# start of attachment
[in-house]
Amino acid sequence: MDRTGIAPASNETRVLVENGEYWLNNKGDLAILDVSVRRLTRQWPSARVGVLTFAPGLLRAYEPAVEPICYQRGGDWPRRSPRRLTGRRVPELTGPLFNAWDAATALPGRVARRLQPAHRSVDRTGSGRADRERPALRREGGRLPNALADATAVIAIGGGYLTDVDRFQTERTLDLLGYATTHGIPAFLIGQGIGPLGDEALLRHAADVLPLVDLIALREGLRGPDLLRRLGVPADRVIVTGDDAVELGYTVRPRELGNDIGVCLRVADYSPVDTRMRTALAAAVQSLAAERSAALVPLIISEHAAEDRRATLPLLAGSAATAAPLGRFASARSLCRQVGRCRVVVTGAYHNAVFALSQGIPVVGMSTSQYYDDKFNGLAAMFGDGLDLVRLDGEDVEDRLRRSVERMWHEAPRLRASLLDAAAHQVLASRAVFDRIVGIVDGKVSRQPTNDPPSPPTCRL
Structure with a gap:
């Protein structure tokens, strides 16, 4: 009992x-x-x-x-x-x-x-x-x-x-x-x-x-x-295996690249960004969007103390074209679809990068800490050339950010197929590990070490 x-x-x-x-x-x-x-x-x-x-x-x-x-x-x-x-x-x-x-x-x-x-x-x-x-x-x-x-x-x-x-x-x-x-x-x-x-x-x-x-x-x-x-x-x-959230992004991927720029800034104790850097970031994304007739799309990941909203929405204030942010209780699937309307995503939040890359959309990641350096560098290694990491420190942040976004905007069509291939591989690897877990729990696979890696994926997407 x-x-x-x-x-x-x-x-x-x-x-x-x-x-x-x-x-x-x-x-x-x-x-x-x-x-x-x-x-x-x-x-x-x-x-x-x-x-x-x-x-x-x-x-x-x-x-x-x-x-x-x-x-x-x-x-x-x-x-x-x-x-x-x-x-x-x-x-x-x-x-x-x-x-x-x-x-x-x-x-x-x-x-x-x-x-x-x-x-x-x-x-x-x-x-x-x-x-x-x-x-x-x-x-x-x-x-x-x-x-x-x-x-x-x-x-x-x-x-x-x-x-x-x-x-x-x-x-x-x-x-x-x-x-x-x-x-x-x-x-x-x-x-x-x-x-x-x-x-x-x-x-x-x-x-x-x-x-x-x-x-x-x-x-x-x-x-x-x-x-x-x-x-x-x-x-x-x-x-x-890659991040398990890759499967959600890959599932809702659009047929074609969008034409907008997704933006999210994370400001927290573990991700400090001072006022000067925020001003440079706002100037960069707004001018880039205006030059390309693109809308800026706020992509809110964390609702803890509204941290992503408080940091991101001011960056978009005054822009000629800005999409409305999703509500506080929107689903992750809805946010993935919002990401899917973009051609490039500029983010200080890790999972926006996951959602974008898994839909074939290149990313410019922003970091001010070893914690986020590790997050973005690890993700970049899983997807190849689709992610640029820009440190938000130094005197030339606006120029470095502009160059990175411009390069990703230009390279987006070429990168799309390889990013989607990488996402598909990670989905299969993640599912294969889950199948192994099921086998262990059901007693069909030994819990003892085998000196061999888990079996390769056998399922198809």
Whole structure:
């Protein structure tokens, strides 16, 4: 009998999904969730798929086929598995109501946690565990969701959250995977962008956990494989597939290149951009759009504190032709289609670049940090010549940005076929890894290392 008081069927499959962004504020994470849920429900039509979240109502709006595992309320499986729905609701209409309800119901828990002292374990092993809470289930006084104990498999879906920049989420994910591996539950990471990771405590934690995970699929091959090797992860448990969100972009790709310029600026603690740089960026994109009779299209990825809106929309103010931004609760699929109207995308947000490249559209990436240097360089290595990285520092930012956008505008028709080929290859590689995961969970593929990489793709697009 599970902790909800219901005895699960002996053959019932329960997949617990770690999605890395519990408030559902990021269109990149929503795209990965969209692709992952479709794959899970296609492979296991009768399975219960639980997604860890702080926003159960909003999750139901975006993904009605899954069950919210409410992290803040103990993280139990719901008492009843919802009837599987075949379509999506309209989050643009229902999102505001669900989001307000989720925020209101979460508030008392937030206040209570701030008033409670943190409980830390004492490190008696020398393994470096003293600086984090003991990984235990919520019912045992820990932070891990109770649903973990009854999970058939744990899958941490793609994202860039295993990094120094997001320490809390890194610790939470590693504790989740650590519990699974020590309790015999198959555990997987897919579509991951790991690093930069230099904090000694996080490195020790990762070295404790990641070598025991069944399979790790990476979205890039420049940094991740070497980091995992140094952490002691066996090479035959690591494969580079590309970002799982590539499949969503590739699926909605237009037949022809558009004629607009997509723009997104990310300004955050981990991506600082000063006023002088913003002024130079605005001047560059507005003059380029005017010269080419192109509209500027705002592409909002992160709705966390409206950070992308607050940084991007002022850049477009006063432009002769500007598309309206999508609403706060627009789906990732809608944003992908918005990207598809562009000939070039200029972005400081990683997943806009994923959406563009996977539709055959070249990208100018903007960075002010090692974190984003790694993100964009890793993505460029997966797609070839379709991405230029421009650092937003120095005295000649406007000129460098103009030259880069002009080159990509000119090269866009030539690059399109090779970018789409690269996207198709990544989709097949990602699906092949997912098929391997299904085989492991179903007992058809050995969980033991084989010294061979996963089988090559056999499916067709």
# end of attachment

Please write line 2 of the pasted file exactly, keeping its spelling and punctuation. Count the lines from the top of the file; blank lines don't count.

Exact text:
Amino acid sequence: MDRTGIAPASNETRVLVENGEYWLNNKGDLAILDVSVRRLTRQWPSARVGVLTFAPGLLRAYEPAVEPICYQRGGDWPRRSPRRLTGRRVPELTGPLFNAWDAATALPGRVARRLQPAHRSVDRTGSGRADRERPALRREGGRLPNALADATAVIAIGGGYLTDVDRFQTERTLDLLGYATTHGIPAFLIGQGIGPLGDEALLRHAADVLPLVDLIALREGLRGPDLLRRLGVPADRVIVTGDDAVELGYTVRPRELGNDIGVCLRVADYSPVDTRMRTALAAAVQSLAAERSAALVPLIISEHAAEDRRATLPLLAGSAATAAPLGRFASARSLCRQVGRCRVVVTGAYHNAVFALSQGIPVVGMSTSQYYDDKFNGLAAMFGDGLDLVRLDGEDVEDRLRRSVERMWHEAPRLRASLLDAAAHQVLASRAVFDRIVGIVDGKVSRQPTNDPPSPPTCRL